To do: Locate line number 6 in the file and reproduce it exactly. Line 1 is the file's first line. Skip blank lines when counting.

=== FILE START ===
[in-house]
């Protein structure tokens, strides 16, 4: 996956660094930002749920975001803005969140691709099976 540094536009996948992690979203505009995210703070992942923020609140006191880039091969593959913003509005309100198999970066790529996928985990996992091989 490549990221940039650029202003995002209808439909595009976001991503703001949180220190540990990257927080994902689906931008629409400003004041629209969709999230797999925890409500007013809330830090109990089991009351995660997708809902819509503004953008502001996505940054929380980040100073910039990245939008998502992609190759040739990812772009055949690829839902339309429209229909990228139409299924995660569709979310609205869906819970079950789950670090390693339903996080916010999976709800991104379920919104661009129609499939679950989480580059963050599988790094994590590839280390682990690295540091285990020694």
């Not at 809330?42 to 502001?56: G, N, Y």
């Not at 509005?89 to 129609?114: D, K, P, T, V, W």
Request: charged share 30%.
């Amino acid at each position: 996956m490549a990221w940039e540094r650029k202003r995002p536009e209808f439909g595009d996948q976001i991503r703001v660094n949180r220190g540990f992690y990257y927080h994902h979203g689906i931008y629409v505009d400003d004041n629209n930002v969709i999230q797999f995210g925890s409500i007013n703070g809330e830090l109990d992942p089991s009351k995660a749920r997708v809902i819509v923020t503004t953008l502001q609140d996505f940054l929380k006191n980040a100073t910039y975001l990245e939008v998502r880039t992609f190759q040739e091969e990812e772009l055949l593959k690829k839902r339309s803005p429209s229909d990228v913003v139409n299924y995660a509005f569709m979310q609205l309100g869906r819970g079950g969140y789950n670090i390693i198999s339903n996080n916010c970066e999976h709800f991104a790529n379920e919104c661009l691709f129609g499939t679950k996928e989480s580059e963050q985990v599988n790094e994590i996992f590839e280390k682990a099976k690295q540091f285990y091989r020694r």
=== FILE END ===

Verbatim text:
């Amino acid at each position: 996956m490549a990221w940039e540094r650029k202003r995002p536009e209808f439909g595009d996948q976001i991503r703001v660094n949180r220190g540990f992690y990257y927080h994902h979203g689906i931008y629409v505009d400003d004041n629209n930002v969709i999230q797999f995210g925890s409500i007013n703070g809330e830090l109990d992942p089991s009351k995660a749920r997708v809902i819509v923020t503004t953008l502001q609140d996505f940054l929380k006191n980040a100073t910039y975001l990245e939008v998502r880039t992609f190759q040739e091969e990812e772009l055949l593959k690829k839902r339309s803005p429209s229909d990228v913003v139409n299924y995660a509005f569709m979310q609205l309100g869906r819970g079950g969140y789950n670090i390693i198999s339903n996080n916010c970066e999976h709800f991104a790529n379920e919104c661009l691709f129609g499939t679950k996928e989480s580059e963050q985990v599988n790094e994590i996992f590839e280390k682990a099976k690295q540091f285990y091989r020694r």